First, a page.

MILWAUKEE, March 9, 2021 /PRNewswire-PRWeb/ -- The COVID-19 pandemic has brought to the fore a number of ways that society can use digital technologies to go about day-to-day life, including to use banking services without entering physical banks. While the pandemic has accelerated interest in using contactless technologies, even before the pandemic, the last two decades have seen dramatic increases in the use of mobile phones as well as satellite remote sensing, with wide-ranging implications for small scale financial services across the globe. For example, cell phone subscriptions have more than doubled and the number of and satellite launches have expanded over 20 times. What opportunities and dangers have such digital data unlocked?
In the new article "Can digital technologies reshape rural microfinance? Implications for savings, credit, & insurance" Michael Carter, the director of the Innovation Lab on Markets, Risk, and Resilience and professor in the Agricultural and Resource Economics Department of the University of California, Davis, and Elinor Benami, an assistant professor of Agricultural and Applied Economics at Virginia Tech, take a step back and review the evidence on whether digital technologies like mobile phones and satellites are now and can ever fulfill the financial landscape for the better.
Prior work has often focused on digitalization in the context of a specific type of microfinance, such as savings, credit, and insurance. This paper, however, seeks to consider how digitalization is and can affect each of these three financial services alone and together. Benami says, "There's reason for enthusiasm for digital technologies, as some microsavings, credit and insurance programs that employ novel technologies have shown promise to address real constraints of poor transportation networks, small scales, or risk in developing countries."
Mobile money systems, for example, have helped people manage shocks with remittances from family and friends as well as payments from crop and livestock insurance coverage. Satellite data has also enabled new ways to support rural families at risk of losing crops or livestock, through, for example, helping target emergency financing or insurance payments.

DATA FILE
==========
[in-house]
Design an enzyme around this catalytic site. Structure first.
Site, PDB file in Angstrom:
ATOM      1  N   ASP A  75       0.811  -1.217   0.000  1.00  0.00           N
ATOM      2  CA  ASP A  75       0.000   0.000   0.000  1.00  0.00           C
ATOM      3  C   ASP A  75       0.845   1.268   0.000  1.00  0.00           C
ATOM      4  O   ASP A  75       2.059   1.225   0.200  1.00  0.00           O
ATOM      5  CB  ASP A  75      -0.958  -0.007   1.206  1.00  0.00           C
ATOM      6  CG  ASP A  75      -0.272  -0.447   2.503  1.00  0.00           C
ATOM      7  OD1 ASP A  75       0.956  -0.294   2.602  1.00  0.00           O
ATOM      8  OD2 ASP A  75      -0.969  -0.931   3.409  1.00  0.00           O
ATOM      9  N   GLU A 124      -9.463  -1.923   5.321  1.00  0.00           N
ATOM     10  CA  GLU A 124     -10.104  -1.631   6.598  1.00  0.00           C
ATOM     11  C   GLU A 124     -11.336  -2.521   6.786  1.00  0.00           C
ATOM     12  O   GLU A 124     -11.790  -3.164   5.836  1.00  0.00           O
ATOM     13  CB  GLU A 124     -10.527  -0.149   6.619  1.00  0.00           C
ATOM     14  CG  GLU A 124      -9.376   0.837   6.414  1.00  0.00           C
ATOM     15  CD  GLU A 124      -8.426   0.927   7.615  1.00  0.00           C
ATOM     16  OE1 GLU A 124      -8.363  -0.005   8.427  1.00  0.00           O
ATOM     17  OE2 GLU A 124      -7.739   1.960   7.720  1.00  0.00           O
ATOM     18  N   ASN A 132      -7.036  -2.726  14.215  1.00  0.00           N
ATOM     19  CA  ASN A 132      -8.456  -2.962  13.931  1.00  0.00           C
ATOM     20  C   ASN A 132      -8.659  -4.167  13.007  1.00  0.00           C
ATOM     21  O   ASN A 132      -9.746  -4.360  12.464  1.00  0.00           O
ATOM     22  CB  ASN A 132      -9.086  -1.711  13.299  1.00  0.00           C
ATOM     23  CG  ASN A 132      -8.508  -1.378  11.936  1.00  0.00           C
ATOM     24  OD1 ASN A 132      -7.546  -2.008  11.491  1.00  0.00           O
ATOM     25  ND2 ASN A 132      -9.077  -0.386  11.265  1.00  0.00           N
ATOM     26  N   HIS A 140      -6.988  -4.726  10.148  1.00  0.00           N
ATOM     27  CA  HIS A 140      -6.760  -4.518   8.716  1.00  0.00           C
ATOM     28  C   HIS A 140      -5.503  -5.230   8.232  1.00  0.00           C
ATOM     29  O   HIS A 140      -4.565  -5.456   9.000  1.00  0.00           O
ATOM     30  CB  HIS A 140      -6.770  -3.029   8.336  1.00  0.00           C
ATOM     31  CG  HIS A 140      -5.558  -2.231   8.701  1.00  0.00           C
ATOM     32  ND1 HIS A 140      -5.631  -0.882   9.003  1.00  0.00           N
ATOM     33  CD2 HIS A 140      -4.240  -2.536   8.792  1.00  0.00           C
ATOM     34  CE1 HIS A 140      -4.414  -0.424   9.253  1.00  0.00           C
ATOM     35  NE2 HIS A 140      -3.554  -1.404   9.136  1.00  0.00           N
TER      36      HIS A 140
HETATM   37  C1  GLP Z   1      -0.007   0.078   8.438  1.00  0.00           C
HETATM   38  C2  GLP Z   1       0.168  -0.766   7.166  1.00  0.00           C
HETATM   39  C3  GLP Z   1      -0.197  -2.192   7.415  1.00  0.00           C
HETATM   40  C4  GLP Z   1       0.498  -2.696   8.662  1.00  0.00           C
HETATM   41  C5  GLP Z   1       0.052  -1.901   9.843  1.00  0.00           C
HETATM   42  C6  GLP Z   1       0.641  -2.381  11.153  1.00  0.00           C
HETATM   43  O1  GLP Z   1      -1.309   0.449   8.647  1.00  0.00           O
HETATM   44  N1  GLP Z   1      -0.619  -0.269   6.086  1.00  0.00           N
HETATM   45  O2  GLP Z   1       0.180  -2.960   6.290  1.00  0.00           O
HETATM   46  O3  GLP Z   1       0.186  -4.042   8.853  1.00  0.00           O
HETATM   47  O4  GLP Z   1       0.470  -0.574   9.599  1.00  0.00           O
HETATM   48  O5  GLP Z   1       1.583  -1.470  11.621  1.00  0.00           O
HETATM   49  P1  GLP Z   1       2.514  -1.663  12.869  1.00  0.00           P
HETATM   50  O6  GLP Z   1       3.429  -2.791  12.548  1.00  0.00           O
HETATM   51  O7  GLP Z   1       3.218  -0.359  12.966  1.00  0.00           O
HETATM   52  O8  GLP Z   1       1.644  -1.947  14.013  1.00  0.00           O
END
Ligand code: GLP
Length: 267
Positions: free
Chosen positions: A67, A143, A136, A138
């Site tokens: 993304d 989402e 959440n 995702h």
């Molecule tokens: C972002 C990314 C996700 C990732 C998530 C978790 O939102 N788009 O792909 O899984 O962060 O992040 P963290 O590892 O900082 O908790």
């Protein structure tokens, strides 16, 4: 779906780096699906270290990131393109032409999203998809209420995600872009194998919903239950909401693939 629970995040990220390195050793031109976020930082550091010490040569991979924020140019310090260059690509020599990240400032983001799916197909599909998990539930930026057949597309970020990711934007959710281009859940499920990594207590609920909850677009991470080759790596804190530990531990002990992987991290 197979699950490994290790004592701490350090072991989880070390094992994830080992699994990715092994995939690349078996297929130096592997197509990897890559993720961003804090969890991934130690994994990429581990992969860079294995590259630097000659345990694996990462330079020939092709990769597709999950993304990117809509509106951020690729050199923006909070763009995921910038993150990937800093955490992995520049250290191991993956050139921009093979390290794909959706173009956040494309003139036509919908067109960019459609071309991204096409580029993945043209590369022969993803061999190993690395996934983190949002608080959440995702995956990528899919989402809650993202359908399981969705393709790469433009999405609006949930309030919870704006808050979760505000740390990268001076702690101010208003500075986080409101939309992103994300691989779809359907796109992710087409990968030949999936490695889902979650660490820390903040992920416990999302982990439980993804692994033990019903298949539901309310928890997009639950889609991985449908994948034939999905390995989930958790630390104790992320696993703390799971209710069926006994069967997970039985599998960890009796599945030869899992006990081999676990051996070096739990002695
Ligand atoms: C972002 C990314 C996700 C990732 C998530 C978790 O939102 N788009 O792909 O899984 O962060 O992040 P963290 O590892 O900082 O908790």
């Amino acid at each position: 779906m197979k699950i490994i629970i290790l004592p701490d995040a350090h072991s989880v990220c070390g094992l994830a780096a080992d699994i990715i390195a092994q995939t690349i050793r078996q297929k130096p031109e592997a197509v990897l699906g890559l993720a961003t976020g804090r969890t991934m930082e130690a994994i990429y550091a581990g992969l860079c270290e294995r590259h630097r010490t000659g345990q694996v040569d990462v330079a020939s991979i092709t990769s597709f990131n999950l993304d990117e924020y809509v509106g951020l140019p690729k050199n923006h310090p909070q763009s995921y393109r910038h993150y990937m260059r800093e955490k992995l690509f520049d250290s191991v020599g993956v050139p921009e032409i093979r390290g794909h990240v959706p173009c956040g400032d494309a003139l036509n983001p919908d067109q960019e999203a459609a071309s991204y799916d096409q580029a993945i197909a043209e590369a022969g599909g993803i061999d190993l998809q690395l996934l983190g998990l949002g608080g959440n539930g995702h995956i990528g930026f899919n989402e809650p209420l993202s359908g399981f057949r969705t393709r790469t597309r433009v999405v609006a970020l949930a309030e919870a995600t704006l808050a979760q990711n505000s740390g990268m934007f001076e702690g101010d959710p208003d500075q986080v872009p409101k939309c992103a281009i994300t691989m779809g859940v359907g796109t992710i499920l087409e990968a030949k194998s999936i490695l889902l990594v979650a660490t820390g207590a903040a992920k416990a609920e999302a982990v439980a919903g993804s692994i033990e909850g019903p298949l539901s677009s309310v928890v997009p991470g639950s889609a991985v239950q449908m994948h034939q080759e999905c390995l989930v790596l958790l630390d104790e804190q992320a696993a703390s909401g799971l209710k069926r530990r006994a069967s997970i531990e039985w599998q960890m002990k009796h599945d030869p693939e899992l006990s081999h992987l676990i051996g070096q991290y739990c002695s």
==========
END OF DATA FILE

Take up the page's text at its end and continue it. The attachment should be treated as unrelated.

Despite the promise of these technologies, however, they also present novel consumer protection issues: transfer security for mobile money, predatory lending for digital credit and unobservable contract quality for remote sensing-based insurance. The authors close by highlighting several important oversight initiatives underfoot -- including private sector standard setting programs such as the GSMA mobile money certification as well as academic-government collaborations like the Quality Index Insurance Initiative and the Digital Credit Observatory.
Carter says, "Much of the pre-existing literature suffers from a sort of technophilia. In contrast, we try to step back and think about the core constraints that undercut rural financial markets in low-income areas, and then ask whether new whiz bang digital technologies can really solve the underlying problem. Our hope with this work is to illustrate how the designers and implementers of these enhanced financial tools can move towards fair, transparent, and appropriate ways of managing increasingly "big data" environments for the benefit of many small-scale individuals and households across the globe."
The paper, "Can Digital Technologies Reshape Rural Microfinance? Implications for Savings, Credit, & Insurance is available at this link: https://onlinelibrary.wiley.com/doi/10.1002/aepp.13151.
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